On Saturday night, Vitali Klitschko defended his WBC heavyweight title against Shannon Briggs in Hamburg, Germany. In the process, Klitschko both established himself as one of the most dominant heavyweight of his era and inadvertently hammered out an argument for reform in his beloved sport.
Like his younger and smaller brother, Wladimir, the six-foot-seven Vitali is a pile- driving puncher. Since he retired from his retirement in 2008, he has not, I believe, lost a round. And he certainly got the best of every stanza on Saturday when he pounded the all too gritty Shannon Briggs almost at will. Unable to provide any meaningful offense, Briggs absorbed scores of right hands and left hooks that would have surely shorted the neural circuits of less durable humans. Early on, Briggs showed some good lateral movement. He landed some respectable right hooks to the body, and even though he was getting the worst of it, there was a glimmer of hope that maybe he could make this a fight. However, after about six rounds, it was evident that Briggs's power had been sapped, and that even a lucky punch was out of the question.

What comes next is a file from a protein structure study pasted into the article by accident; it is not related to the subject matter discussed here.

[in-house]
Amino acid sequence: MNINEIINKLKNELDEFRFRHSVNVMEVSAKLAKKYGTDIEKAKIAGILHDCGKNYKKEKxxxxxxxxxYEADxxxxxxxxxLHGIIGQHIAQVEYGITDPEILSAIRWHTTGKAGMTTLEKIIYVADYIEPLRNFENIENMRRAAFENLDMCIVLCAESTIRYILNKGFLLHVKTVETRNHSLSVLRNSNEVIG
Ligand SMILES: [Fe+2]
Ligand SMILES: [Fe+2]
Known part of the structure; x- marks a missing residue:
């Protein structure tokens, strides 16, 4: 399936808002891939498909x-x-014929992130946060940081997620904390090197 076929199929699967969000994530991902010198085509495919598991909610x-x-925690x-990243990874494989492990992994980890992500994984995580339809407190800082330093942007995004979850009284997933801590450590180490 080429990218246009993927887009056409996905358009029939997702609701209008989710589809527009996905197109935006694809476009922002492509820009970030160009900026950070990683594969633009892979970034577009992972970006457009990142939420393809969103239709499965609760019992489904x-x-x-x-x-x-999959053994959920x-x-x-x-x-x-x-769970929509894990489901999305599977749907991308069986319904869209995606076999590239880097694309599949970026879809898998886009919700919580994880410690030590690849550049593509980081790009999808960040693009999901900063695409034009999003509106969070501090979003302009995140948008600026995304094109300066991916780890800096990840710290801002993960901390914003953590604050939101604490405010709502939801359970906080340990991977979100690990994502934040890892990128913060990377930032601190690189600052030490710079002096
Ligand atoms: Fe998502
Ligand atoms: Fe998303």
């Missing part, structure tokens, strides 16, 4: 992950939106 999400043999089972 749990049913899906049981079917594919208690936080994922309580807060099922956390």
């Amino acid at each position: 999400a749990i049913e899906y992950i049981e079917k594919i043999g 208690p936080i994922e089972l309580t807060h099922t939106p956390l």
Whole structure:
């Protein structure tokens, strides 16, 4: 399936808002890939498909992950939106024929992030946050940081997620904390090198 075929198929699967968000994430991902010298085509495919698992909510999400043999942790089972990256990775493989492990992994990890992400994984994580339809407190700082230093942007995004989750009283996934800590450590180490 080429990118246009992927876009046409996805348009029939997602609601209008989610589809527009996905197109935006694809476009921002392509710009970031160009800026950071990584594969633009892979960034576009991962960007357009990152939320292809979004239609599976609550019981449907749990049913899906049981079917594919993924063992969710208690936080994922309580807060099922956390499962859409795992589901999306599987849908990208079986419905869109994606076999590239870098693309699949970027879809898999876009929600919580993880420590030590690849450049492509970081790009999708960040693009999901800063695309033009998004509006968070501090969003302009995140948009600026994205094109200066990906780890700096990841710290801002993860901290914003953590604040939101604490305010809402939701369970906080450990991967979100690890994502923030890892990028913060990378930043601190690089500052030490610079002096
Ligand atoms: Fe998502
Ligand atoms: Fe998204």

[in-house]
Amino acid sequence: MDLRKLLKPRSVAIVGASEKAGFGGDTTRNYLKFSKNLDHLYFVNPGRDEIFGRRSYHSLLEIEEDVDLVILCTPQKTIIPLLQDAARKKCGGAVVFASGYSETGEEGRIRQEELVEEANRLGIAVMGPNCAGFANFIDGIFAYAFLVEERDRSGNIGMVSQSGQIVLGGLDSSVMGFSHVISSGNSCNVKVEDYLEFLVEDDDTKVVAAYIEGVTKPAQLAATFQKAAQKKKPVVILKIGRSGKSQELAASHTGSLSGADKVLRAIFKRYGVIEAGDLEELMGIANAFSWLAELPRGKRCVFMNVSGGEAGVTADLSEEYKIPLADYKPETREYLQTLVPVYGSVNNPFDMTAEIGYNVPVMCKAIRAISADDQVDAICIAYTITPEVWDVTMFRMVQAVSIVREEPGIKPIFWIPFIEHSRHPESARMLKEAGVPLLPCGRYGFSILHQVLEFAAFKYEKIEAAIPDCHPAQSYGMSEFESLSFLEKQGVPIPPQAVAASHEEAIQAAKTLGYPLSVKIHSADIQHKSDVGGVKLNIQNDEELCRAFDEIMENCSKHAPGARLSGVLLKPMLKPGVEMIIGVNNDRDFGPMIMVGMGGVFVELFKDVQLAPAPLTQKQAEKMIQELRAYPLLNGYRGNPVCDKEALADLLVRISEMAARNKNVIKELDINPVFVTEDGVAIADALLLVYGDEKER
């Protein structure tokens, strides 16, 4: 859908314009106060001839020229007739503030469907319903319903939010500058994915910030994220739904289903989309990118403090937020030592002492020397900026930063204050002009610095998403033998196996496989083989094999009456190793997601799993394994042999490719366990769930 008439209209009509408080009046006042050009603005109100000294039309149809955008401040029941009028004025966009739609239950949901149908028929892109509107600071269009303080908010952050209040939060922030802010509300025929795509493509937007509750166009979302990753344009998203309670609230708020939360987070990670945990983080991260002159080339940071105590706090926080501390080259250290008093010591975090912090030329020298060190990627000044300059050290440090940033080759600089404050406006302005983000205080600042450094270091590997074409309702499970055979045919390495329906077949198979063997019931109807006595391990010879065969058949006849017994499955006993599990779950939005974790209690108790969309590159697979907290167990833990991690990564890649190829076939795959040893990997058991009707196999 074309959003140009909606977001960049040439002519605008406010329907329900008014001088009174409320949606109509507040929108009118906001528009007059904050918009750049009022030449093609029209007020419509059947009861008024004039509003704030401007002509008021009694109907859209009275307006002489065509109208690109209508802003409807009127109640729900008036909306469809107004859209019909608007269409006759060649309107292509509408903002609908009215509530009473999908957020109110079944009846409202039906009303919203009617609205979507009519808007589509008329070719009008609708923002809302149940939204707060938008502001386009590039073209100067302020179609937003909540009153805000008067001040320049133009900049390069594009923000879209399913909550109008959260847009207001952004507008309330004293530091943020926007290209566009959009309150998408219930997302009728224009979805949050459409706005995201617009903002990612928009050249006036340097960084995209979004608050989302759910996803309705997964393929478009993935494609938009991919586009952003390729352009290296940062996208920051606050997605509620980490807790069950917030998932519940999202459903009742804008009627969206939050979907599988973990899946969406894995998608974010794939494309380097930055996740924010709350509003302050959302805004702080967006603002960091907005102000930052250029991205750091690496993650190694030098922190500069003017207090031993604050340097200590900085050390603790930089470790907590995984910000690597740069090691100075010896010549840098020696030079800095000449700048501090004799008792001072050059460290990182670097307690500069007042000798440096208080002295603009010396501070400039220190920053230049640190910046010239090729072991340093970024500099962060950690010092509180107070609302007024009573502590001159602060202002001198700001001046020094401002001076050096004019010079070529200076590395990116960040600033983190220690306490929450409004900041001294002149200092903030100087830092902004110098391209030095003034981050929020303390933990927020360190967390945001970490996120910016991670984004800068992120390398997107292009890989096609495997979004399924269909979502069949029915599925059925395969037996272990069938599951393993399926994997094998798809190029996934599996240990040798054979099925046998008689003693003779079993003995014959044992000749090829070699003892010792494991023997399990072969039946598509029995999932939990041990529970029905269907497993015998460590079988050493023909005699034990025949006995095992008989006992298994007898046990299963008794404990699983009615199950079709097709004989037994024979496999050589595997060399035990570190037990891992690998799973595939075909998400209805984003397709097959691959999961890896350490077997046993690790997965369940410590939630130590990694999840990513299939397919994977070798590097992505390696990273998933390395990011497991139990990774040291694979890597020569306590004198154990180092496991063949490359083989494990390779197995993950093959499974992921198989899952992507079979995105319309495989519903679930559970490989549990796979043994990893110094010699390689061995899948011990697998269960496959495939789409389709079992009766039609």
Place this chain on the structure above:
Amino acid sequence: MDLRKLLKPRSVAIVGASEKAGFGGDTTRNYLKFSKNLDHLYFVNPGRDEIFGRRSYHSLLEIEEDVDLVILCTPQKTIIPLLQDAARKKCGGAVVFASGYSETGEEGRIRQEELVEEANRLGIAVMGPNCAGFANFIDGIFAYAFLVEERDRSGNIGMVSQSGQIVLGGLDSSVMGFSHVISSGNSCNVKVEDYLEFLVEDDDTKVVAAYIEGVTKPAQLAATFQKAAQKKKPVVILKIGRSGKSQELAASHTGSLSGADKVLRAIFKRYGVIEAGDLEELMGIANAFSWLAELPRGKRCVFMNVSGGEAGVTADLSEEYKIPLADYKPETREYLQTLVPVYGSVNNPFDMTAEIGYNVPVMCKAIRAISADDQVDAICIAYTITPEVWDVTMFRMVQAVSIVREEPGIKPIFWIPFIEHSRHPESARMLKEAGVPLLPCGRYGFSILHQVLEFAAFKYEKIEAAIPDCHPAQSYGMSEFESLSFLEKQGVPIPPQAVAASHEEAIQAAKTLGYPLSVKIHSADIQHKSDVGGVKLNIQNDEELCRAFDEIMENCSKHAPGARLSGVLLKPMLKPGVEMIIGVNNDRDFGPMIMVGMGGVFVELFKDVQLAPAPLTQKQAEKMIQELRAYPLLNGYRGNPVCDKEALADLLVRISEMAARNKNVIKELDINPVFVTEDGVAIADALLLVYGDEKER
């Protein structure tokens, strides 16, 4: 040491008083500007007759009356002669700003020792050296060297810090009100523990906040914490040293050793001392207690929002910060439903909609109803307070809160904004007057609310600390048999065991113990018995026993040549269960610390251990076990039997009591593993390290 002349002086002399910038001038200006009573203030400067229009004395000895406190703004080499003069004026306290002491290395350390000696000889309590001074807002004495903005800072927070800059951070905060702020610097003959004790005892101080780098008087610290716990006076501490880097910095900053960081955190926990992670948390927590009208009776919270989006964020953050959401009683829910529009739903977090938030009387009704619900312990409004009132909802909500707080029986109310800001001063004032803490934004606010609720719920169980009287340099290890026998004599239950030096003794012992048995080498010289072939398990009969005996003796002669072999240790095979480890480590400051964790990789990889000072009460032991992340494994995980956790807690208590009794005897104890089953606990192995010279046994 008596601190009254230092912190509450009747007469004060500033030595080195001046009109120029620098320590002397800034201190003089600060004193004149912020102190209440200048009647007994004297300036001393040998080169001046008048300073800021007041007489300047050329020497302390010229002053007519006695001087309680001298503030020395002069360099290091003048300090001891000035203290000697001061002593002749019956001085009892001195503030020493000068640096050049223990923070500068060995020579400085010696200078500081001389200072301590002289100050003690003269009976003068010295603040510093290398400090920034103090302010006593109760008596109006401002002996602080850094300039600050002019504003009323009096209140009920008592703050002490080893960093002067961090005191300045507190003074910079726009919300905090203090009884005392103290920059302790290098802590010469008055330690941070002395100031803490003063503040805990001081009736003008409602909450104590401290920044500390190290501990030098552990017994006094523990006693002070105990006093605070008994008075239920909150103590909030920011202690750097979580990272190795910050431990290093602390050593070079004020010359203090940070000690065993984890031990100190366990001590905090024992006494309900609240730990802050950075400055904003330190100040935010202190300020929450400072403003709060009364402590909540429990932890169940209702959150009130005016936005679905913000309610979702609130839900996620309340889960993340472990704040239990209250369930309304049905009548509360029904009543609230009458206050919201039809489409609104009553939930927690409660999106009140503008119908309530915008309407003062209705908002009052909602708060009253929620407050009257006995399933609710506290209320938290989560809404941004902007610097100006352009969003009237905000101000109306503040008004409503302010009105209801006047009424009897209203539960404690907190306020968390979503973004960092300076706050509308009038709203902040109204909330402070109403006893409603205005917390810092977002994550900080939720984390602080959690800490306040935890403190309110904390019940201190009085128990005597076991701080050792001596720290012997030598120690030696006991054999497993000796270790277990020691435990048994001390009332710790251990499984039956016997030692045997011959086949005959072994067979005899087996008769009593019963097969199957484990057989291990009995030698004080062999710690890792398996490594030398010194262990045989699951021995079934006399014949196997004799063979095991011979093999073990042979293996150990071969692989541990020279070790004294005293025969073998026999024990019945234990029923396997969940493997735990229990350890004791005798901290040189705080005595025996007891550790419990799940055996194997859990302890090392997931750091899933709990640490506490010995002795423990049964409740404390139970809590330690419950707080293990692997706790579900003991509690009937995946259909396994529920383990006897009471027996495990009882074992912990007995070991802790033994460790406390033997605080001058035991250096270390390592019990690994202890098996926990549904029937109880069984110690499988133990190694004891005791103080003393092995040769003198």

To their credit, as the bout wore on the commentators on ESPN-3 wondered aloud why neither Briggs's corner nor the ref would put a halt to the massacre. By the end, it was clear that the experts talking us through the fight were appalled that the fight continued.
After the bout in which all justly praised Briggs's toughness, the Brooklyn-born fighter went to the hospital where he was put in the ICU. There are reports of fractures in both of his eye sockets and conflicting accounts about possible brain trauma. We can only pray that this courageous former champion will soon be able to walk out of the hospital. However, most of the damage in boxing takes years to accumulate. It is often only when fighters enter their fifties that it becomes time to pay up for all of the punches they have bought. And anyone who has ever attended a large gathering of former professional boxers will know just how hefty that price can be. Having closely observed the terrible thumping that Briggs took from the giant Klitschko, it is hard to imagine that the challenger in this fight will not face serious challenges down the road of a very different sort than gloved fists. And for what?
Boxers don't pull any punches and neither should those of us who train and write about these fearless warriors. Whether a championship is at stake or not, one- sided bouts in which a devastating puncher is at work must be halted, if not by the corner, then by the referee or doctor. Boxers must be protected from their bravery. The punishment that Briggs suffered on Saturday was so egregious and unnecessary that it was a blow to the gut to watch. It was enough to make a person feel guilty about being involved in the sport.
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